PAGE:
Reflection on “The Impact of Social Factors….On Carbon Dioxide Emissions” (Baiocchi et al., 2010)

In Baiocchi et al.’s piece they analyze geodemographic data to better understand the direct and indirect CO2 emissions associated with different lifestyles in the UK. They open the piece by listing criticisms in the field of environmental input-output models, namely that there is too much literature dependent on top-down classification, too much emphasis on consumer responsibility, too much literature with entirely descriptive analyses, and that the term ‘lifestyle’ is defined by expenditures, which ignores human activity patterns. Using geodemographic data as a basis for their study mitigates the potential harm from these criticisms.

One thing I noticed about this paper was how it used geodemographic data as a way to create a bottom-up procedure for their research. Historically, the fields of geography and cartography have been very top-down in nature, with little, if any input from “non-experts”. One of the ways GIS has been so revolutionary and popular is that it is redefining how and what people can contribute, and today there is ample opportunity for “non-experts” to be involved. As geodemographic data was around long before GIS existed, I did not initially realize how it could contribute to more bottom-up approaches. Now, I know, among other reasons, that there is open data almost everywhere, making it much easier to access and understand, and that GIS technology in general is much easier to access and understand than ever before.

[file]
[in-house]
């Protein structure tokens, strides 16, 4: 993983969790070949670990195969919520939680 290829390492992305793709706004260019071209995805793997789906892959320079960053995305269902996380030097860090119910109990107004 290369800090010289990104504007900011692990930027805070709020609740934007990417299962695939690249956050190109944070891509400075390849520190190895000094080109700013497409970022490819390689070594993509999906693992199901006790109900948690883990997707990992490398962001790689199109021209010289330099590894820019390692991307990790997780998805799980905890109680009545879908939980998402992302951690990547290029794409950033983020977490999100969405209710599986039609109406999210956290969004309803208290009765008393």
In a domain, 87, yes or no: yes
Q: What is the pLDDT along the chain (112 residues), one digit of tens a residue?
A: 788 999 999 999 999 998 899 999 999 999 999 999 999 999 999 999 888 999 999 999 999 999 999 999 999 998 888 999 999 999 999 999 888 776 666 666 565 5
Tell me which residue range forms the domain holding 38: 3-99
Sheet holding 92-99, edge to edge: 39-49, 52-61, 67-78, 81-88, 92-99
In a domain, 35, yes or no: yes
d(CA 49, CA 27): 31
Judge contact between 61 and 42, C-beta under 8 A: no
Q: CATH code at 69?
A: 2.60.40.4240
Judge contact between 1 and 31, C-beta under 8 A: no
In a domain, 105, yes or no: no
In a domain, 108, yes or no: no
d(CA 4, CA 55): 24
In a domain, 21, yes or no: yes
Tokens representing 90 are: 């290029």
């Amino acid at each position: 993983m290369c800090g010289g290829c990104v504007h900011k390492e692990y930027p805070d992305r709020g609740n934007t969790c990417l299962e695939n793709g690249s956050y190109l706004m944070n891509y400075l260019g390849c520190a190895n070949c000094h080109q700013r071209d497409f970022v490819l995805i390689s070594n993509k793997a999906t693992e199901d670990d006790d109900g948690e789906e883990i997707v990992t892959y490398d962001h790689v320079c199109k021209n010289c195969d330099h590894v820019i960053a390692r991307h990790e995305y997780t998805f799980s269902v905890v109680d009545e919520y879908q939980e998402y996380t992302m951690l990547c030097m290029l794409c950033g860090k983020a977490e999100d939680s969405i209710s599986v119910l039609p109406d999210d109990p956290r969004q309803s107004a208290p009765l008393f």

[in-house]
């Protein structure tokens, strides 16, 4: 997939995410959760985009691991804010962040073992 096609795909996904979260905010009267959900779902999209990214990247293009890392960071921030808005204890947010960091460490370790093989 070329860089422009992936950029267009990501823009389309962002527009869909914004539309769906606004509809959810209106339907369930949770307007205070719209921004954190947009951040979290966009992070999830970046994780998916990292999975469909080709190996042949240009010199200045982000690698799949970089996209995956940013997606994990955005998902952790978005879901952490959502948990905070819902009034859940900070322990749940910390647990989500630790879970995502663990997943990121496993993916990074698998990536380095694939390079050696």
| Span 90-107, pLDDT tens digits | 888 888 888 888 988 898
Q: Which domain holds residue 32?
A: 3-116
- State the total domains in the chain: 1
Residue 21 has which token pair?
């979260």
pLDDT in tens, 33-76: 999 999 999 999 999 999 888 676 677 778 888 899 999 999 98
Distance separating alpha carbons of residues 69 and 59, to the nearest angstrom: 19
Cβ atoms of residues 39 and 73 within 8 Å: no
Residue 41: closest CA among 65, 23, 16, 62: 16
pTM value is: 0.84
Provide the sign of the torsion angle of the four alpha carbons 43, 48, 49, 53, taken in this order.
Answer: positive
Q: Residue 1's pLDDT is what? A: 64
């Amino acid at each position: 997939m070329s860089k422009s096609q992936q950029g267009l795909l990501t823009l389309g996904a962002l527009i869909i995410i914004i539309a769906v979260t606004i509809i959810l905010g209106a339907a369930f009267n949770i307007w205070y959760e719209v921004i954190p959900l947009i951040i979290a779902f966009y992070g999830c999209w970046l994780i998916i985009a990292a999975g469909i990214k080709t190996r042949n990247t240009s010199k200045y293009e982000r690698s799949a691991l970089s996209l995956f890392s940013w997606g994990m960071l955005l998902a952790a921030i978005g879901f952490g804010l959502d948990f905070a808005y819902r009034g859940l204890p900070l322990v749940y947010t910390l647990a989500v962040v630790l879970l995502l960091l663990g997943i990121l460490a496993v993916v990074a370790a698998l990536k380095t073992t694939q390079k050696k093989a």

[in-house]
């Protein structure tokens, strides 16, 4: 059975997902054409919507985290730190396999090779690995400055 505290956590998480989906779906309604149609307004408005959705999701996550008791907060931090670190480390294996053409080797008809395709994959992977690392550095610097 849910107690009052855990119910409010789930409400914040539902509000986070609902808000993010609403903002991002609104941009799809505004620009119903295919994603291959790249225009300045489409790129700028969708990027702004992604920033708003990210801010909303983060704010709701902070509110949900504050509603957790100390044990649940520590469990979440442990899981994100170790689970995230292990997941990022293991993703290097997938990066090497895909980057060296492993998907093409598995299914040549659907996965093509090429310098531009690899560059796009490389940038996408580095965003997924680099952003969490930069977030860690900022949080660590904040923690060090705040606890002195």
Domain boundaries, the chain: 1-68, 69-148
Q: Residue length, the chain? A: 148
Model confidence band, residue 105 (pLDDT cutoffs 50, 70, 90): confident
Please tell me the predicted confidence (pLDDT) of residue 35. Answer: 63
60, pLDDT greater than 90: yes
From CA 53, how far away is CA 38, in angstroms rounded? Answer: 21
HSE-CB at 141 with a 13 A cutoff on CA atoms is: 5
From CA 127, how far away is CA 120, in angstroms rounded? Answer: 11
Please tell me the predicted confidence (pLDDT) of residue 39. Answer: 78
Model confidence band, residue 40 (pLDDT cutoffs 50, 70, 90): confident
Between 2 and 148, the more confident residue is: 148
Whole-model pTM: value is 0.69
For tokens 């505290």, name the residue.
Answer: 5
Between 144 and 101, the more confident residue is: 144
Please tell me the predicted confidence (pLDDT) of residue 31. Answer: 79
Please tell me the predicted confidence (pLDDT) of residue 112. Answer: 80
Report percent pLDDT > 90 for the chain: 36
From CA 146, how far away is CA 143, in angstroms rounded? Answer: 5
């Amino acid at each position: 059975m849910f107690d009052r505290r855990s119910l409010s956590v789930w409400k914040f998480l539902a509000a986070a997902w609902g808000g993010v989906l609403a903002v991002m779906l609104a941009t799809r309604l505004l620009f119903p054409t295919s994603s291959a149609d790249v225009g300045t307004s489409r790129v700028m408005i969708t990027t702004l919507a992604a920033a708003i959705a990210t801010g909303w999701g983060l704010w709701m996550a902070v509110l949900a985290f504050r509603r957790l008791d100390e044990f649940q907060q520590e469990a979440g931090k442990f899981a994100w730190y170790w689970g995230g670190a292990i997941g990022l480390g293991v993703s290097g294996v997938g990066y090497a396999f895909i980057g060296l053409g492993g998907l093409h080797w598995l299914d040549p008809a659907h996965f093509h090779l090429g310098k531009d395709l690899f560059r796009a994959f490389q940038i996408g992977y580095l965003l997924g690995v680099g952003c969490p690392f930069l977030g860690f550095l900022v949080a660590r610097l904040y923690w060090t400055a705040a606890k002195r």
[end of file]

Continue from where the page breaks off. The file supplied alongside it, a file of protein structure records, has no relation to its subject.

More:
I’ll end my reflection with a few general questions about geodemographics. Specifically, what is the difference between demographics and geodemographics? Doesn’t all demographic data have some sort of location/geographical component? 


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